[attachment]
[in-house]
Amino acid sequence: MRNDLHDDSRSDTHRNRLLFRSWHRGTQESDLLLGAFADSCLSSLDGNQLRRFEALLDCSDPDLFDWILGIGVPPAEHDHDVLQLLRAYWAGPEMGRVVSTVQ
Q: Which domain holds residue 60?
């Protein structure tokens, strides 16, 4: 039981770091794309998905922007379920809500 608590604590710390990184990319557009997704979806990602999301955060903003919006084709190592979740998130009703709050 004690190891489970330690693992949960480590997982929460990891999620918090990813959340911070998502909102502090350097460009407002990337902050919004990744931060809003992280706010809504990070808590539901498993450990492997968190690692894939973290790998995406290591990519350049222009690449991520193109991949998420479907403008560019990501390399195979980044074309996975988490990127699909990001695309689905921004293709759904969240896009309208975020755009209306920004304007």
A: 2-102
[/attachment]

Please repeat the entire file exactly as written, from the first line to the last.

[in-house]
Amino acid sequence: MRNDLHDDSRSDTHRNRLLFRSWHRGTQESDLLLGAFADSCLSSLDGNQLRRFEALLDCSDPDLFDWILGIGVPPAEHDHDVLQLLRAYWAGPEMGRVVSTVQ
Q: Which domain holds residue 60?
């Protein structure tokens, strides 16, 4: 039981770091794309998905922007379920809500 608590604590710390990184990319557009997704979806990602999301955060903003919006084709190592979740998130009703709050 004690190891489970330690693992949960480590997982929460990891999620918090990813959340911070998502909102502090350097460009407002990337902050919004990744931060809003992280706010809504990070808590539901498993450990492997968190690692894939973290790998995406290591990519350049222009690449991520193109991949998420479907403008560019990501390399195979980044074309996975988490990127699909990001695309689905921004293709759904969240896009309208975020755009209306920004304007």
A: 2-102